By Adib Zalkapli
KUALA LUMPUR, March 20 — Petronas founding chairman Tengku Razaleigh Hamzah (picture) revealed today that the national oil company had planned to preserve the country’s petroleum wealth for future generations.
The Gua Musang MP said Petronas had planned to set up a heritage fund to which a certain percentage of its oil revenue would have been channelled.
Speaking at a forum on oil royalty here, Razaleigh also said that Petronas had wanted an advisory body to plan the exploitation of petroleum.
“The national petroleum advisory council to advise the prime minister on how petroleum ought to be exploited or whether we should leave the oil underground, that is for the petroleum council to consider and suggest to the prime minister before Petronas decides what to do with the oil resources,” said Razaleigh.
He was responding to another panellist at the forum, law professor Datuk Dr Shad Saleem Faruqi who suggested a trust fund be set up to keep about 25 per cent of the oil revenue for future generations.
Shad was of the opinion that the Petroleum Development Act 1974 “is quite weak” in terms of ensuring the protection of oil revenues for future generations.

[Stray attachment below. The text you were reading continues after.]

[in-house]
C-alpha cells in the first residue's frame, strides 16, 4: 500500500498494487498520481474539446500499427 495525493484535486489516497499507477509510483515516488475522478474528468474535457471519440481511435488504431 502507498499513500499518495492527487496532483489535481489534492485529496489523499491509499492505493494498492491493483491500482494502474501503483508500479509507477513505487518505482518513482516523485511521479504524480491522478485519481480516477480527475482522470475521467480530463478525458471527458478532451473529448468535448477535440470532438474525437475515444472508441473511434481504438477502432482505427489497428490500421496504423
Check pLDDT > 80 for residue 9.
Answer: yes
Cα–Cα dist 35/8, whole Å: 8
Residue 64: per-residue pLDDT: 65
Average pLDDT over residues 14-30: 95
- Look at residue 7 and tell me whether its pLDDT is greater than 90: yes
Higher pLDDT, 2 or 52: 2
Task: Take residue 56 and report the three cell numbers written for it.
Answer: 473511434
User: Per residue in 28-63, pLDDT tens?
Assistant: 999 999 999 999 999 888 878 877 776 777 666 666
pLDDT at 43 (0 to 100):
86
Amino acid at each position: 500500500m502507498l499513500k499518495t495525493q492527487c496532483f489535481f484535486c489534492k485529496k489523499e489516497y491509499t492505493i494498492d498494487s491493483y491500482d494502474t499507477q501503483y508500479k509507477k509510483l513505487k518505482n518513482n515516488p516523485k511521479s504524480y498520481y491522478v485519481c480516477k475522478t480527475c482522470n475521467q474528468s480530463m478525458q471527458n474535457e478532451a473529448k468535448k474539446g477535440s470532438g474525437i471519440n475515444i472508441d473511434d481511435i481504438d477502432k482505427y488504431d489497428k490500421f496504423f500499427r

Earlier in his presentation Razaleigh reiterated his stand that the Petroleum Development Act was meant to channel some of the oil revenue to the poor East Coast states.
“It is not for us to hoard or to build another Twin Towers or another city like Putrajaya,” he said referring to the two mega projects under the administration of Tun Dr Mahathir Mohamad.
Razaleigh also continued his attack against the Federal government’s plan to only pay the Kelantan government a goodwill payment, or ‘wang ehsan’, rather than the five percent royalty as provided for under the agreement with Petronas.
“Wang ehsan is for beggars, like ‘sedekah’ (donation), you can see what has happened to Terengganu,” said Razaleigh.
He cited the case of the collapsed roof of the one year old Sultan Mizan Stadium in Terengganu, built with the goodwill payment, to prove his point on the mismanagement of oil revenue.
“All this is because of bad management. But the real story is somebody stole the money,” said Razaleigh.
While Shad described the goodwill payment as highly questionable and urged the Federal government to use existing laws if it wish to continue making the discretionary payment.
Kelantan is currently demanding from the Federal government a five per cent royalty for oil extracted off its shore.
But Putrajaya has maintained that the East Coast state is not entitled to the payment as the oil and gas are extracted from waters that are beyond the three-nautical mile limit prescribed as the state’s territorial waters under Malaysia’s Emergency Ordinance (Essential Powers) No 7 1969.
The Federal government has instead promised to pay goodwill payment or ‘wang ehsan’ through Federal government agencies in the state.
Terengganu also suffered a similar fate in the year 2000, when the Federal government stopped oil royalty payments after PAS took over the government a year earlier.
Royalty payments to Terengganu were reinstated early last year.